Monday, June 23, 2008

Doing my part... Locally

My husband passed me an article from our small community newspaper last week. First, I should mention he really isn't a reader, so it must have been an excellent article to warrant a reading, circling and passing on. The article described a pilot recycling program called Blue Skies implemented by Allied Waste.

This program - limited to 53 homes in our township - provided each homeowner with a 95-gallon wheeled cart for recyclables. Here's the kicker... This program accepted ALL plastics, even #3 through #7. My god, it does exist! A recycling program like this in our area is like spotting Big Foot! Of course, this was only a pilot program, running for 90 days to measure the materials collected and the consumer's response. However, the response was overwhelming. Here are the facts, by the numbers:

Allied Waste posted a 179% increase in total pounds of recyclables collected - diverting 16,190 pounds of recycling from the landfill. Amazing, considering only 53 homes participated! But, all good things must come to an end. The pilot program ended and, despite the enthusiastic response from the consumer and the satisfaction of Allied Waste, we are waiting on bids, approvals, financials and legal mumbo-jumbo from the township. And, this doesn't even mean that it will actually get approved.

Normally, I would have read the article and thought, what a great program, how sad we can't have it. However, lately every where I turn, I find inspiring political and community activism. Crunchy got me to write to congress about the Farm Bill. And then, after that, she got me to write congress again about drilling for off shore oil. Green Bean works on her city's green task force and is planning a green social movement. I signed the Take Back the Filter petition and wrote 4 letters to Clorox for Fake Plastic Fish and I have a paper envelope (no plastic for Beth!) holding used Brita filters to send her way.

After reading the article in my local paper, I decided it was time for a little activism of my own. Rather than sit idly by waiting for someone else to start a letter writing campaign or petition, I started one of my own. Every single member of the township board, every trustee and all members of the Environmental Department received a letter from yours truly today, requesting the implementation of this recycling program.

I also offered my services to speak at the township and to work as a liaison with the waste company. Earlier this year, I started a similar program for our Little League. Though, on a much, much smaller scale. 15 carts with die cut lids at a baseball park can't compare to 200,000 recycling carts delivered to each and every doorstep. But, I am the Trash Lady, and I can so make this happen. Local activism, I am doing my part for my community!
Update: I have received one response so far, not a committment to the program, but an acknowledgment none the less: "Hello , I appreciate your very thoughtful letter. I, too, am looking forward to full scale implementation of a significantly expanded recycling initiative. Thanks for sharing your enthusiasm".

Pardon the dust...

...I wanted to change the header of my blog to include a picture of our lake at sunset. And then I screwed everything up. Now I have to figure out how to undo what I did. So, please excuse the blog construction dust today!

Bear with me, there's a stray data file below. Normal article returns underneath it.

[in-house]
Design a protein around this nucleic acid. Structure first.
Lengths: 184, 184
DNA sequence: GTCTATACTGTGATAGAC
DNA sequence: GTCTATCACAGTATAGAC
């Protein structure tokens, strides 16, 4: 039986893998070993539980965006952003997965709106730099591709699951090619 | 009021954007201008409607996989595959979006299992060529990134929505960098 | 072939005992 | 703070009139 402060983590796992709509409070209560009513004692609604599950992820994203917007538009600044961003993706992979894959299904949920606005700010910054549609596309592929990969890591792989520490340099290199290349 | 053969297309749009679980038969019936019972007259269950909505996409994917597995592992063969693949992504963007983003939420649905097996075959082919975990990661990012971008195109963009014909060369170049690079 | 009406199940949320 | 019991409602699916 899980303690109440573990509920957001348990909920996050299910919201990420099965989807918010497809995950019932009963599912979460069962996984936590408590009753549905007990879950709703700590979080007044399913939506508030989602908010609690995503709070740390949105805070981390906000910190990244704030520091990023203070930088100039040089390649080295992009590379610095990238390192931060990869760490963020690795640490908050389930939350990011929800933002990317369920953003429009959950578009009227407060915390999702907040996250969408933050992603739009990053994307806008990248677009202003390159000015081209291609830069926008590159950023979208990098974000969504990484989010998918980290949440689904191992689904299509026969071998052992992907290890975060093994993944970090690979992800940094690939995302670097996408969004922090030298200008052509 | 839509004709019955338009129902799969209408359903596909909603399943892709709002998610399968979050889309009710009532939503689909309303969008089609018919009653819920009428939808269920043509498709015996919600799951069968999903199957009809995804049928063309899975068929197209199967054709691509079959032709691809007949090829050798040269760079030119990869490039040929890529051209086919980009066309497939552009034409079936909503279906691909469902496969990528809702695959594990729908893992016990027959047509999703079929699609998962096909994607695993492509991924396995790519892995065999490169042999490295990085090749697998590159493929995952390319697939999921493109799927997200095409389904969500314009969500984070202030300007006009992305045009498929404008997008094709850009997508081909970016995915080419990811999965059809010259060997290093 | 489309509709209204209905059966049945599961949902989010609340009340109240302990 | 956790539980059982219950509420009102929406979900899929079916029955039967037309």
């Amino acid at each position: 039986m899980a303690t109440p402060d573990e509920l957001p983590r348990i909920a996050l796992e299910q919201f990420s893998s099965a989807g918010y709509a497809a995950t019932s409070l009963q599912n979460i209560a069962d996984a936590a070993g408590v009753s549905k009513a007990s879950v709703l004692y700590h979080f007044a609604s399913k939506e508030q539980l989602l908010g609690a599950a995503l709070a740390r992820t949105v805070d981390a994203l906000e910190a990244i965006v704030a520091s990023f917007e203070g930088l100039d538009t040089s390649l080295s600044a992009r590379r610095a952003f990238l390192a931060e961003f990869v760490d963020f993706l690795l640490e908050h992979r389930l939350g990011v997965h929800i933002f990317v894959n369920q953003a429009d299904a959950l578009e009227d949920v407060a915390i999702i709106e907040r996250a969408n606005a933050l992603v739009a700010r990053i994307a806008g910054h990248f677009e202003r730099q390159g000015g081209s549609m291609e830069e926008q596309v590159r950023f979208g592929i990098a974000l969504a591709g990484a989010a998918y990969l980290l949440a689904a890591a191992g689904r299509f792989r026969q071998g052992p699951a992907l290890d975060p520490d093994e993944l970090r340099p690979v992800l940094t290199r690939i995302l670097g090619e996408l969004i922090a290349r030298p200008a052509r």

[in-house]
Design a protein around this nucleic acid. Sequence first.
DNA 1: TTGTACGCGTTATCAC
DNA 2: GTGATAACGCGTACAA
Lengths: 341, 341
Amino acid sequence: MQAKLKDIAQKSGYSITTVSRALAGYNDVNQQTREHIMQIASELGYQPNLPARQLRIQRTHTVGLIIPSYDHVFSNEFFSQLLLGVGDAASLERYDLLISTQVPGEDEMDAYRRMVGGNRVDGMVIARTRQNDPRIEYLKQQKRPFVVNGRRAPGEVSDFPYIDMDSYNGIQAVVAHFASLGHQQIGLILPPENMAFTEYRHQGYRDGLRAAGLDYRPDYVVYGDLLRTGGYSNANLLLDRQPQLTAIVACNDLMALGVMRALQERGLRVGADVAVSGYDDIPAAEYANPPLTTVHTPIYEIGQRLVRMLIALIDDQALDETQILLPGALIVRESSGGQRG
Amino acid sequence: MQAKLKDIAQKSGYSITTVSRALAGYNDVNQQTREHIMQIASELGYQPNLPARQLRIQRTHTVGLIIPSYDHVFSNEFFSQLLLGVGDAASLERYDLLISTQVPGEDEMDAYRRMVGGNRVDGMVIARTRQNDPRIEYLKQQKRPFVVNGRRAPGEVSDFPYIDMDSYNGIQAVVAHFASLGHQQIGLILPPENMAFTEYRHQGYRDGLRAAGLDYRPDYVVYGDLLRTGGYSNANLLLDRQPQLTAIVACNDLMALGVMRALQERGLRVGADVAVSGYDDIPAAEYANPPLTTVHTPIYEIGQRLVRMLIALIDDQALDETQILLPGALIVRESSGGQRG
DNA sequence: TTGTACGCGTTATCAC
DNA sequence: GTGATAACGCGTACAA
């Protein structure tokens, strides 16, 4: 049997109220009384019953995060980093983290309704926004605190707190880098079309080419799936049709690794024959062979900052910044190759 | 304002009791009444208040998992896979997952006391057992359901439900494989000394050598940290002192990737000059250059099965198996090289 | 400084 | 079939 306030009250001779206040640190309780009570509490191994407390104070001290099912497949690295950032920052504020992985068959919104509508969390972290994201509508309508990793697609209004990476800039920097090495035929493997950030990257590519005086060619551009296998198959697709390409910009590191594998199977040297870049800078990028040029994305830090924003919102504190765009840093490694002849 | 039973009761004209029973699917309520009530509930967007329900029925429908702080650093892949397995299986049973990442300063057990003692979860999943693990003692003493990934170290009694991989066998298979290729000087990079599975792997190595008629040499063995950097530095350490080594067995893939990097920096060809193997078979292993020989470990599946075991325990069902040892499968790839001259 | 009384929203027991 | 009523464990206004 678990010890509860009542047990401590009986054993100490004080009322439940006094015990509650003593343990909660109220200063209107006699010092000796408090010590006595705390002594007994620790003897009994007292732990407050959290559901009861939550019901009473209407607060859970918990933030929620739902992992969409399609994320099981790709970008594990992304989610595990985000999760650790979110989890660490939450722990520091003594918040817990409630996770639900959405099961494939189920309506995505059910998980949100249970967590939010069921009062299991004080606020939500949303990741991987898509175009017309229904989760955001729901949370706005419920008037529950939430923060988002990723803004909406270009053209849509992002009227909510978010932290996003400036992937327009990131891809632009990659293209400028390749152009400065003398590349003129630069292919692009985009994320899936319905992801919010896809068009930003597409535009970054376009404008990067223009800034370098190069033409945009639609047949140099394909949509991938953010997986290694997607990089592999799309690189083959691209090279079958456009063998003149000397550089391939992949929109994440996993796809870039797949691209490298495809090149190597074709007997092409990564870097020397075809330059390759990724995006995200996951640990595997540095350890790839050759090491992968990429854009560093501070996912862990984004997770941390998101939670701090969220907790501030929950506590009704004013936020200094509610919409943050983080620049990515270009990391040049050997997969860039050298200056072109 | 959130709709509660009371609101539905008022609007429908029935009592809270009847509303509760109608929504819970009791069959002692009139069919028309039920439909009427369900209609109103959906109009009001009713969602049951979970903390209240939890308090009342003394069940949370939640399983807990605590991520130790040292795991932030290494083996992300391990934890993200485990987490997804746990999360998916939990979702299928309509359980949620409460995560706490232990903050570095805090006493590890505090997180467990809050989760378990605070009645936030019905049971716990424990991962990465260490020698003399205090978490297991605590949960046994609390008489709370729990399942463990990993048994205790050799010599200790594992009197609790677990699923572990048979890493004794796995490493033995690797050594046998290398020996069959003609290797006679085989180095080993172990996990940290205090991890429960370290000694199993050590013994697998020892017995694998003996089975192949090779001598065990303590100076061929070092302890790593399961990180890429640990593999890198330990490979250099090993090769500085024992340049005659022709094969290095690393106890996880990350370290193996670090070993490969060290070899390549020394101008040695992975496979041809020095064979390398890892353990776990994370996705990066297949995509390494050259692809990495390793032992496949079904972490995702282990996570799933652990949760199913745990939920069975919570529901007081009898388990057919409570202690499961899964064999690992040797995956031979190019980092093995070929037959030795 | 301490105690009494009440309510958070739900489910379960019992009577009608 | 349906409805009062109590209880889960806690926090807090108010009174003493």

Sunday, June 22, 2008

One Local Birthday

It was a little hectic around here this weekend, so I just don't have the pictures to prove my all local mac n cheese. It was made for the littlest eco 'burban boy's birthday. He was soooo hungry that when it came time to eat, we just gave him his plate and let him go at it!

The mac 'n cheese was made like this:

Vita Spelt Organic Elbow Noodles - Okemos, MI
Butter - Calder's Dairy - Lincoln Park, MI
Flour - Westwind Milling - Linden, MI
Milk - Calder's Dairy - Lincoln Park, MI
Fresh Mozzarella Cheese - Clinton Township, MI
Cheddar, Monterrey Jack - Warren, MI
Gouda - Grassfields Organics, Coopersville, MI

The eco 'burban dad enjoyed a side dish of local organic asparagus steamed with Calder's butter and some sea salt and cracked black pepper. Shocking, I know, but I just don't like asparagus. More for him, right?

Saturday, June 21, 2008

Green Cooler Chic

Those of you who read regularly know I spend a lot of time hanging out at baseball fields, in the dirt, chaos and heat. This requires lots of cold, cold reusable water bottles. How do I keep them all cold you ask? We tried the re-freezable ice blocks, but alas they melt quickly and the just don't keep things icy-cold. Any boy coming straight out of the catcher's gear in 92 degree heat will tell you, that's just not cold enough, mom.

We loathe buying bags of ice in plastic and even that melts rather quickly, so we came up with what we think in a great idea. Take empty plastic containers - our local butter comes in the perfect, round size - and fill with water the night before. By morning, they are solid cubes of ice which I load into the cooler of drinks. Even today, after7 hours outdoors, there were still disks of ice remaining.

We take the leftover ice disks, toss them into the gardens to melt and trickle water the plants. We take the melted ice water and dump it into the flower pots. Trust me, this water is GREYWATER after dirty boys have had their hands in and out of the cooler all day. And, it means that a tired mom can squeak by without watering parts of the garden today!

So, if you have all sorts of weird plastic containers you can't bear to throw away, but are upset at yourself for buying, don't beat yourself up, they have a second use. And, if you have very thirsty boys, you will never be without a cold drink again!

Friday, June 20, 2008

Baseball Update